Most consumers have made changes to their lifestyle or finances to cover essential spending in the last month as the soaring cost of living hits home, Which? research reveals.
According to the latest findings from Which?’s consumer insight tracker, pressures on household finances have continued to worsen as millions of people faced significant price hikes to their energy, broadband, mobile, water and council tax bills in April.
Six in 10 (59%) consumers said they had to make an adjustment – such as cutting back on essentials, borrowing from family and friends, taking out loans or credit cards, dipping into savings or overdrafts or selling items – to cover essential spending in the last month.This is a significant increase from 35 per cent in April 2021 and 54 per cent in March 2022.
The most common adjustment was cutting back on essentials such as groceries, school supplies and medicines – with four in 10 (39%) people saying they have done this to make ends meet.
Three in 10 (28%) said they had to dip into their savings to cover everyday costs and seven per cent said they had sold possessions. One in ten (10%) had borrowed from friends and family and 8 per cent had taken out a new credit card or borrowed more on an existing one.
An estimated 2.1 million households missed or defaulted on at least one mortgage, rent, loan, credit card or bill payment in the last month. Rent and household bills were the most common types of missed payment, with six per cent of renters missing their rent payment and five per cent of all consumers saying their household had missed a bill payment.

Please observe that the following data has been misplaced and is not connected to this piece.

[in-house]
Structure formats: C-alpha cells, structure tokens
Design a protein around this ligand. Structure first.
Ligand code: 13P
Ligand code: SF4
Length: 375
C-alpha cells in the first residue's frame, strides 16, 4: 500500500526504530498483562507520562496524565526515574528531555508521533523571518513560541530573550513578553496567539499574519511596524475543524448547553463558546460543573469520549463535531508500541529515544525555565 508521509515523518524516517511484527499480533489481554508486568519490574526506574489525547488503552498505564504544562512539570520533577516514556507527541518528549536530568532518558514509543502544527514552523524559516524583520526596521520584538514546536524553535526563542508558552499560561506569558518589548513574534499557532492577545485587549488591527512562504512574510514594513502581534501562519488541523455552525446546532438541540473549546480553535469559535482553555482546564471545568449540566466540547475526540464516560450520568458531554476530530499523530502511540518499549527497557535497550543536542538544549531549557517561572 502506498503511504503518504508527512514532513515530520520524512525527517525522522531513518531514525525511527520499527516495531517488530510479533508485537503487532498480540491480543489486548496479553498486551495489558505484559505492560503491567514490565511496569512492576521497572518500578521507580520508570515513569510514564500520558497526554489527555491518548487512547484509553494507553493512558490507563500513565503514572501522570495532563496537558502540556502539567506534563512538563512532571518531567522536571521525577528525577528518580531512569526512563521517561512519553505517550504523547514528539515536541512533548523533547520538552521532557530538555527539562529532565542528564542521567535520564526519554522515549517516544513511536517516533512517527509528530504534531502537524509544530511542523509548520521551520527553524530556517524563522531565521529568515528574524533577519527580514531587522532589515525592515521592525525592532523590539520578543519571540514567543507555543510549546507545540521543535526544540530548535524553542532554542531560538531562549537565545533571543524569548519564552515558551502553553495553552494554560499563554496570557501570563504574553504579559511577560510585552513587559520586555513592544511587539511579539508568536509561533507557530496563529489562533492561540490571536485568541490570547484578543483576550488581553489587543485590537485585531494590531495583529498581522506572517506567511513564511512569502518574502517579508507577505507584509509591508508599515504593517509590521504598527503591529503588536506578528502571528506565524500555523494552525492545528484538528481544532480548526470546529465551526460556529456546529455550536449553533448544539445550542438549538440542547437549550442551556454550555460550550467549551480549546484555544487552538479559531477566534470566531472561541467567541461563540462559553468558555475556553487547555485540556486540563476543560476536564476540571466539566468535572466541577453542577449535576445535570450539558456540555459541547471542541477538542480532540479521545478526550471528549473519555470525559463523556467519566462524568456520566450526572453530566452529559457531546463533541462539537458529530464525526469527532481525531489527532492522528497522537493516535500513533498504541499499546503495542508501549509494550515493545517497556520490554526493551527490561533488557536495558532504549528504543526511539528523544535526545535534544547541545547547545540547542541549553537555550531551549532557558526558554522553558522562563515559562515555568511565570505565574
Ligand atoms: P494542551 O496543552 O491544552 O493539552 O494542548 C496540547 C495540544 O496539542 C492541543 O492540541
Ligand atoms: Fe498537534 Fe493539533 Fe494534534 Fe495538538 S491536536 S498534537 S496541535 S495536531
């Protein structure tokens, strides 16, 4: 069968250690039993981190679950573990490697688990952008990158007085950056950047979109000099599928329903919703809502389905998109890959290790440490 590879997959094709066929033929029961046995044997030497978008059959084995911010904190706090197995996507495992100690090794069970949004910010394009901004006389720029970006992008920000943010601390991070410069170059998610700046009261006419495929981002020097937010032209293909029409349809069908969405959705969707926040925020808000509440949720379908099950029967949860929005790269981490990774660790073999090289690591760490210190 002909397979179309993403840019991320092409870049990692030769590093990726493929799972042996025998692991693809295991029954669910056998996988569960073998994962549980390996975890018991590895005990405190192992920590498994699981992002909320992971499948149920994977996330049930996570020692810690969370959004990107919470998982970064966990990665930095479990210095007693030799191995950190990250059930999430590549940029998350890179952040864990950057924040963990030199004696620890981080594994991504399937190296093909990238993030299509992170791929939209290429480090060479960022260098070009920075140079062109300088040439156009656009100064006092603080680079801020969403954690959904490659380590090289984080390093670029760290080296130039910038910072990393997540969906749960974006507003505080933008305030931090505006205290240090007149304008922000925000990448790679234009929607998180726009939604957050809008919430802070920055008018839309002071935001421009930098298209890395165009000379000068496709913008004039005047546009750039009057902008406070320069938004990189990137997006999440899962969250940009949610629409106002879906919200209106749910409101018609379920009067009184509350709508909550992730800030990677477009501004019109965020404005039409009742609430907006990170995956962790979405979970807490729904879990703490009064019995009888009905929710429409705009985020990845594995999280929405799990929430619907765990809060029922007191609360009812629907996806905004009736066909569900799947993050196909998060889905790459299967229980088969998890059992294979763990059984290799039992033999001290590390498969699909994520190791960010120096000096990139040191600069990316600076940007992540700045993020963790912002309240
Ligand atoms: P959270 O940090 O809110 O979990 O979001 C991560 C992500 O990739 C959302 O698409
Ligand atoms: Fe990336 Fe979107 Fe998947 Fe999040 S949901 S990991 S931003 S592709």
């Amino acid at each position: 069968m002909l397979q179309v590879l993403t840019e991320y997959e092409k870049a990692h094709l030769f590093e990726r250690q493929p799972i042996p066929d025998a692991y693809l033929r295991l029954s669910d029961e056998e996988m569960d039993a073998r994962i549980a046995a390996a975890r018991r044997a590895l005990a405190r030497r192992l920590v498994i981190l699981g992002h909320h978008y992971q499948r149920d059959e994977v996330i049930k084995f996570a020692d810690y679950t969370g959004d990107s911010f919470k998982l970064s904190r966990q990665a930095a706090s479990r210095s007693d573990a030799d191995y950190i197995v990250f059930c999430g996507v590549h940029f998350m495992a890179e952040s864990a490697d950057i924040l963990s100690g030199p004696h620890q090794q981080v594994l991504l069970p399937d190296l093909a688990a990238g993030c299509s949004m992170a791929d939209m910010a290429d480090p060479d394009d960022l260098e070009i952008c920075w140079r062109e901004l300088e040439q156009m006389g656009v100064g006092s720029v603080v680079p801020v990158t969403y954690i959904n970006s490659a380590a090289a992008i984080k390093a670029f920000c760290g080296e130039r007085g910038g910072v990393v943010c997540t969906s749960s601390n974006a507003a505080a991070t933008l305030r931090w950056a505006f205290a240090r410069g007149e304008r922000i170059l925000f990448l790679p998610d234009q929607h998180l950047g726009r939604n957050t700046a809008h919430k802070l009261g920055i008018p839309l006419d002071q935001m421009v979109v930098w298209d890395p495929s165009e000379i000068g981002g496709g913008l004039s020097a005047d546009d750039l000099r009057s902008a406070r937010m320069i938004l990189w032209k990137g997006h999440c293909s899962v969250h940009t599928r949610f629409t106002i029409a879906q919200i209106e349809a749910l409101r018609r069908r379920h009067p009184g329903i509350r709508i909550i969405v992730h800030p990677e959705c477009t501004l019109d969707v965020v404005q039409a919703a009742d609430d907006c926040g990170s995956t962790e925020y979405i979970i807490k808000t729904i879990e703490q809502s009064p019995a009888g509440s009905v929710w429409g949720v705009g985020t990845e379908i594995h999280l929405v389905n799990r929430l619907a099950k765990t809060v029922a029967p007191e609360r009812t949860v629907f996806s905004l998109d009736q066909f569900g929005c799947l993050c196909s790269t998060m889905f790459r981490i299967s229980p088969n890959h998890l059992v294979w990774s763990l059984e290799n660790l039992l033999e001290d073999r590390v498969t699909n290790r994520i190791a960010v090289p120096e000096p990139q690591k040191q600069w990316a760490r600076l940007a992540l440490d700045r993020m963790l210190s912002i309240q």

Missed payments were much more common among consumers on lower incomes. Of those consumers in our survey on an income of up to £21,000, one in ten (11%) reported missing a payment in the last month.
Energy bills were the most commonly reported type of missed household bill (2.2%) – but as Which?’s survey was conducted shortly after the energy price cap increased, the full impact of the price hikes is yet to be seen. Other common types of missed bill were water bills (1.4%), phone bills (1.3%) and broadband bills (1.3%).
More than half (55%) of those who reported missing a bill payment said they had missed more than one – highlighting the extreme pressure that some households are under during the cost of living crisis.
Which?’s research clearly shows the most financially vulnerable are facing difficult financial decisions just to stay afloat. With inflation and price hikes only expected to continue rising in 2022, the government and businesses must take action to support those who could find themselves in a desperate situation as the cost of living crisis continues to worsen.
The government and regulators must ensure people can rely on robust consumer protections that will prevent them from being exploited by businesses – and people should feel confident that existing protections will be enforced. For example, Ofgem must move quickly on its pledge to take tough action against energy suppliers that are charging people too much for direct debits – and send a clear message that this behaviour from businesses is totally unacceptable.